Format

Send to:

Choose Destination
See comment in PubMed Commons below
Soc Sci Med. 2013 Oct;95:106-14. doi: 10.1016/j.socscimed.2013.04.003. Epub 2013 Apr 10.

Disentangling neighborhood contextual associations with child body mass index, diet, and physical activity: the role of built, socioeconomic, and social environments.

Author information

  • 1CARE: Community Alliance for Research and Engagement, Yale School of Public Health, USA. ac3343@drexel.edu

Abstract

Obesity prevalence among US children and adolescents has tripled in the past three decades. Consequently, dramatic increases in chronic disease incidence are expected, particularly among populations already experiencing health disparities. Recent evidence identifies characteristics of "obesogenic" neighborhood environments that affect weight and weight-related behaviors. This study aimed to examine associations between built, socioeconomic, and social characteristics of a child's residential environment on body mass index (BMI), diet, and physical activity. We focused on pre-adolescent children living in New Haven, Connecticut to better understand neighborhood environments' contribution to persistent health disparities. Participants were 1048 fifth and sixth grade students who completed school-based health surveys and physical measures in fall 2009. Student data were linked to US Census, parks, retailer, and crime data. Analyses were conducted using multilevel modeling. Property crimes and living further from a grocery store were associated with higher BMI. Students living within a 5-min walk of a fast food outlet had higher BMI, and those living in a tract with higher density of fast food outlets reported less frequent healthy eating and more frequent unhealthy eating. Students' reported perceptions of access to parks, playgrounds, and gyms were associated with more frequent healthy eating and exercise. Students living in more affluent neighborhoods reported more frequent healthy eating, less unhealthy eating, and less screen time. Neighborhood social ties were positively associated with frequency of exercise. In conclusion, distinct domains of neighborhood environment characteristics were independently related to children's BMI and health behaviors. Findings link healthy behaviors with built, social, and socioeconomic environment assets (access to parks, social ties, affluence), and unhealthy behaviors with built environment inhibitors (access to fast food outlets), suggesting neighborhood environments are an important level at which to intervene to prevent childhood obesity and its adverse consequences.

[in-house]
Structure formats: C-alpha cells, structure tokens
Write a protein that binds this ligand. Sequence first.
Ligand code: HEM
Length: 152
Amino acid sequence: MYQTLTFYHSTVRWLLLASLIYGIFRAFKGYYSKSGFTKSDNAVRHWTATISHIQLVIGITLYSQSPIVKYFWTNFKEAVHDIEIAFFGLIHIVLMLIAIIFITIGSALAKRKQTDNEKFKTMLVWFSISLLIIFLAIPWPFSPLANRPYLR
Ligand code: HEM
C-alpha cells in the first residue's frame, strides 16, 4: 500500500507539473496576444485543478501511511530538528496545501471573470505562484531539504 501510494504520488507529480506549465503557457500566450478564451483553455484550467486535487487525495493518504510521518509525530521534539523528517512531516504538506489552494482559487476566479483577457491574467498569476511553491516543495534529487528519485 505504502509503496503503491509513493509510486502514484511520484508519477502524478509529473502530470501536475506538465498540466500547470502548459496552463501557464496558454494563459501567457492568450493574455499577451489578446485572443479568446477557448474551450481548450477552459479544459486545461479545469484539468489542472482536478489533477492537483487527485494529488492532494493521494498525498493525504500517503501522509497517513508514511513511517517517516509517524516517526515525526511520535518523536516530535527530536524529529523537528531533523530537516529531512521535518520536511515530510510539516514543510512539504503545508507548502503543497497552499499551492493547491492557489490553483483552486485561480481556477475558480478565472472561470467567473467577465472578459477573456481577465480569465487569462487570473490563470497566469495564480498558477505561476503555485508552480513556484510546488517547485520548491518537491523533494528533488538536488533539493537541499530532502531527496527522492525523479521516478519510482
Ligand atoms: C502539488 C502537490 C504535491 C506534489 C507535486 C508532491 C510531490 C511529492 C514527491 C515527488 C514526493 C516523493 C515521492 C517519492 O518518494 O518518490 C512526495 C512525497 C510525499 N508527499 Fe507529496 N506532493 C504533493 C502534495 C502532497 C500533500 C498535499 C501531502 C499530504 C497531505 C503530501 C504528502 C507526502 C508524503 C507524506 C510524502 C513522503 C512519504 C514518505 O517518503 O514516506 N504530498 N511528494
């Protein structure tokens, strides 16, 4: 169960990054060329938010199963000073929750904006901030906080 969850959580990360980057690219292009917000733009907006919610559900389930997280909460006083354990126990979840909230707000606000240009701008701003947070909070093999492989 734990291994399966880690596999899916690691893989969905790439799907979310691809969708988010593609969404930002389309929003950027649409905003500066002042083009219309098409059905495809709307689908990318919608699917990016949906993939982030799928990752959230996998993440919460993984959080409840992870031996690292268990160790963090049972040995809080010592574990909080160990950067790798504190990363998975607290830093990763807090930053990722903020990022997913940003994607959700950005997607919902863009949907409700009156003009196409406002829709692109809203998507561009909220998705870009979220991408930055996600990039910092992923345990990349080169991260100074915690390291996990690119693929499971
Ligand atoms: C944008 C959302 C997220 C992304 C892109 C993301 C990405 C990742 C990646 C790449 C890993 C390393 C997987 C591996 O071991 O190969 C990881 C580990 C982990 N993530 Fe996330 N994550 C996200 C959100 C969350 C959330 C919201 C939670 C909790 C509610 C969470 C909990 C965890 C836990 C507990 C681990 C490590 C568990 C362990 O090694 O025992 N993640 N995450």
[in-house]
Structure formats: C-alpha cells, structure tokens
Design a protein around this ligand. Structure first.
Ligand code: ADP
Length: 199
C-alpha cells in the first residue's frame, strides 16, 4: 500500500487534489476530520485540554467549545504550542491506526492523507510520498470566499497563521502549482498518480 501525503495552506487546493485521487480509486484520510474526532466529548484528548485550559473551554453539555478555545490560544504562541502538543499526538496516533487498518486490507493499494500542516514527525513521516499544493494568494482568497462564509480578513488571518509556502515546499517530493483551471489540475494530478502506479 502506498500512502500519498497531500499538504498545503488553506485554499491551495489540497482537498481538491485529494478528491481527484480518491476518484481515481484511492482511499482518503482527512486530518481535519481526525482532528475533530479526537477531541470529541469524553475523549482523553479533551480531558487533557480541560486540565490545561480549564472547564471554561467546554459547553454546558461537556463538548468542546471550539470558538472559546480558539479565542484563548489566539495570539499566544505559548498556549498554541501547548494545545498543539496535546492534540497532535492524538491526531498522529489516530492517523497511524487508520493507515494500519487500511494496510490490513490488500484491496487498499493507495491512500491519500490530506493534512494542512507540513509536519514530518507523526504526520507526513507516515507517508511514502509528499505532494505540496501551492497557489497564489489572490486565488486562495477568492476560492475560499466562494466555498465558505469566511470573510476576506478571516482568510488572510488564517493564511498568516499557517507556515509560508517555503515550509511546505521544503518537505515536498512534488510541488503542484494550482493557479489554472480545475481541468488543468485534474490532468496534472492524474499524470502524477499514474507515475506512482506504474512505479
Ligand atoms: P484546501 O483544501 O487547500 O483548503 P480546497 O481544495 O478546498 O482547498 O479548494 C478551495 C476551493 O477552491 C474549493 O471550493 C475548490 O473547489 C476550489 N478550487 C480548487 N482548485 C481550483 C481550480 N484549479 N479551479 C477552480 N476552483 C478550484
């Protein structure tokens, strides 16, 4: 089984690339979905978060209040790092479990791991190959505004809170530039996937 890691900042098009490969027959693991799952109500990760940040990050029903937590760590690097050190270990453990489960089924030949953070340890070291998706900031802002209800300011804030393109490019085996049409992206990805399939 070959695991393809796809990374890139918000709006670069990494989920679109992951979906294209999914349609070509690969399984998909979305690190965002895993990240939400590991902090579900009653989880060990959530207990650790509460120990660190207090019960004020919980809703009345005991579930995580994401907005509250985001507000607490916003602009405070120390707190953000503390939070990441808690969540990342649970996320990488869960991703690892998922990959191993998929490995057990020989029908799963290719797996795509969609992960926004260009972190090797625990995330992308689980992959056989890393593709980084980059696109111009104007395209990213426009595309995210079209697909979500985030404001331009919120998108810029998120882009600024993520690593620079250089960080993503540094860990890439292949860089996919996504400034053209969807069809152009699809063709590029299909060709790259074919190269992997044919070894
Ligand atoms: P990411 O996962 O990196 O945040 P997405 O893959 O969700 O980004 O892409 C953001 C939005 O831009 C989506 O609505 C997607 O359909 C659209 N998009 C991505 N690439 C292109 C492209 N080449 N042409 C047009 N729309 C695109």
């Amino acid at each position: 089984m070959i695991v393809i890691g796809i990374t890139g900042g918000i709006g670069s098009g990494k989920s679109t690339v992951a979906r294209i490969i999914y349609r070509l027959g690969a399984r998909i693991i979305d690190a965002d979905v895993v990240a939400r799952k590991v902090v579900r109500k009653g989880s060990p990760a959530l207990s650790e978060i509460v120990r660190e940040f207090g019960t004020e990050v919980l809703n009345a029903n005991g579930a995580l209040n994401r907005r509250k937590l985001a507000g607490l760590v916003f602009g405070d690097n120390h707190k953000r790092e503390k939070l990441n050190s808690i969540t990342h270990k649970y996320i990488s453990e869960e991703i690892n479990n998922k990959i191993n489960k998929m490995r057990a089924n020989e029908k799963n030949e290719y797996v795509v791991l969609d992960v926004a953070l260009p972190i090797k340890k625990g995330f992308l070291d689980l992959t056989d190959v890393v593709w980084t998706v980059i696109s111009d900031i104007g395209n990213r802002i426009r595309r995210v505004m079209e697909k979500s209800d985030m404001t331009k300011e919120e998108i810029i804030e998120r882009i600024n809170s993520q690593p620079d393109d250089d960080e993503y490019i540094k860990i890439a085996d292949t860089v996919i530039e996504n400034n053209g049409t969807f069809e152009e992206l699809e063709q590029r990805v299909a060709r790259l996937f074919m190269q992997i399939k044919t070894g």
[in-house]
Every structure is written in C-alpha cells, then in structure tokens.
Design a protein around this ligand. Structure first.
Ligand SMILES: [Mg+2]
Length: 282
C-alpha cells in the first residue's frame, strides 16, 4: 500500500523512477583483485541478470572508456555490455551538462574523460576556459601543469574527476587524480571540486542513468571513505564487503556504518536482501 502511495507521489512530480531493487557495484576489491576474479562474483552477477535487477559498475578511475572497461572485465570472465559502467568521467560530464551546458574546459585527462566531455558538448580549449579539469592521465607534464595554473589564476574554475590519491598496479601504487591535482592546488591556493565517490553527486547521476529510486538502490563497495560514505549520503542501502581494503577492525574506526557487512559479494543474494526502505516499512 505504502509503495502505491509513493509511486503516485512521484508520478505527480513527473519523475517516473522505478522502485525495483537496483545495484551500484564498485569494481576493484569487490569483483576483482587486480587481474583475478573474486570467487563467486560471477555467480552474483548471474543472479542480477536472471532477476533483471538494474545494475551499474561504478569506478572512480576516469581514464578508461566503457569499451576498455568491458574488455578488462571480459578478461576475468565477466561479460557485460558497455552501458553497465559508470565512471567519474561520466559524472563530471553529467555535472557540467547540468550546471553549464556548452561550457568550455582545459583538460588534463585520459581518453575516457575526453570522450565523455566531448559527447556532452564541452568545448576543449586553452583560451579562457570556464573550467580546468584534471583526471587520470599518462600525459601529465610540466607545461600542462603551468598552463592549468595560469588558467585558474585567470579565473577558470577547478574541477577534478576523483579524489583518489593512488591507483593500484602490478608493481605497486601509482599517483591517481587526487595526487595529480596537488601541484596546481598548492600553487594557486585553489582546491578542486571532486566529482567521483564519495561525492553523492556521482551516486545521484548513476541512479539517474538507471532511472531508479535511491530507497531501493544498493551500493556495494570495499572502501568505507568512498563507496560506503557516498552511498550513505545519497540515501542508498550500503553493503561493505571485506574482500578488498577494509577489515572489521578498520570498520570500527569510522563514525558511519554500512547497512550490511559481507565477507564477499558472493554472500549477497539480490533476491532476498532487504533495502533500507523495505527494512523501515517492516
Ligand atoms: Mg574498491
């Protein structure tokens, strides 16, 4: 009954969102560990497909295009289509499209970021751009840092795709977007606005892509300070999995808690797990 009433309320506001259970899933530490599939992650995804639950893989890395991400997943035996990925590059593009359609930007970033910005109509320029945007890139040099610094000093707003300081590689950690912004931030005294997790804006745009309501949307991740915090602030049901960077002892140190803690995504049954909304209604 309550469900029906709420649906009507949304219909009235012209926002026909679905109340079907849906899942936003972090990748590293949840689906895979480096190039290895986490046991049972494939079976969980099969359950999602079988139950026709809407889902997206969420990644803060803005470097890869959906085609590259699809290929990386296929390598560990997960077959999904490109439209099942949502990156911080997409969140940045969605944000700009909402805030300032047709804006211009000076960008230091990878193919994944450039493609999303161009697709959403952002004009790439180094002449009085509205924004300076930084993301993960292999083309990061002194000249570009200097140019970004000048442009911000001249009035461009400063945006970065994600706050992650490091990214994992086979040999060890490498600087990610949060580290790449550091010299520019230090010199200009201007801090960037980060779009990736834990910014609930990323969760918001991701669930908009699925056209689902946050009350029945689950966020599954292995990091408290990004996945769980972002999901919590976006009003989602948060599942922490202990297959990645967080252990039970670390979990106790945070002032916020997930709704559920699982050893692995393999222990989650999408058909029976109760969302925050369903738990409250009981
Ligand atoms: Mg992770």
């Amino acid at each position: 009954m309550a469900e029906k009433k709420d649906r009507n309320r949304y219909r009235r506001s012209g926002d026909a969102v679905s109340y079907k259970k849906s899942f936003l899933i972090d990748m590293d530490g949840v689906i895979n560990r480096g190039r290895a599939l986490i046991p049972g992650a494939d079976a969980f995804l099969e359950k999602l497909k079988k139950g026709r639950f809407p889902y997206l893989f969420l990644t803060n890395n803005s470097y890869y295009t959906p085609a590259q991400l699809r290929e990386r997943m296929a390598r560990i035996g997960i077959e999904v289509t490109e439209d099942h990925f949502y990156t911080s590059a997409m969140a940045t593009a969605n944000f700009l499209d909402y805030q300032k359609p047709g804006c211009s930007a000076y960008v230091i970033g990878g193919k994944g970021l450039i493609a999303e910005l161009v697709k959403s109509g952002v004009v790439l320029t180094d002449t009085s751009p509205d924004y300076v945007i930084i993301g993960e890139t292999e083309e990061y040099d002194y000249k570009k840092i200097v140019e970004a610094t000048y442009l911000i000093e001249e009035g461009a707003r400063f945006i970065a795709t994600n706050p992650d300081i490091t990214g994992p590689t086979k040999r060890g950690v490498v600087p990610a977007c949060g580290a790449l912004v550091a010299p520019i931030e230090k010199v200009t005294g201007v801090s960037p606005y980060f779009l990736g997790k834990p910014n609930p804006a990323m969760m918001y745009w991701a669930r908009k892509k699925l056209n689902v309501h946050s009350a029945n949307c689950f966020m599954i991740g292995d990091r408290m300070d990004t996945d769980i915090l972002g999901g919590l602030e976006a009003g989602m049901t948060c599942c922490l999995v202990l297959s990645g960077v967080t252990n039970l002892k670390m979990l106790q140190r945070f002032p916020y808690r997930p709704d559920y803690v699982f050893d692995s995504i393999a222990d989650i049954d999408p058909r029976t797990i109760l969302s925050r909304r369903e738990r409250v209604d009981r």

Copyright © 2013 Elsevier Ltd. All rights reserved.

KEYWORDS:

Built environment; Health behaviors; Health disparities; Neighborhood; New Haven, Connecticut, USA; Social environment; Socioeconomic status

PMID:
23642646
[PubMed - indexed for MEDLINE]
PMCID:
PMC4058500
Free PMC Article
PubMed Commons home

PubMed Commons

0 comments
How to join PubMed Commons

    Supplemental Content

    Full text links

    Icon for Elsevier Science Icon for PubMed Central
    Loading ...
    Write to the Help Desk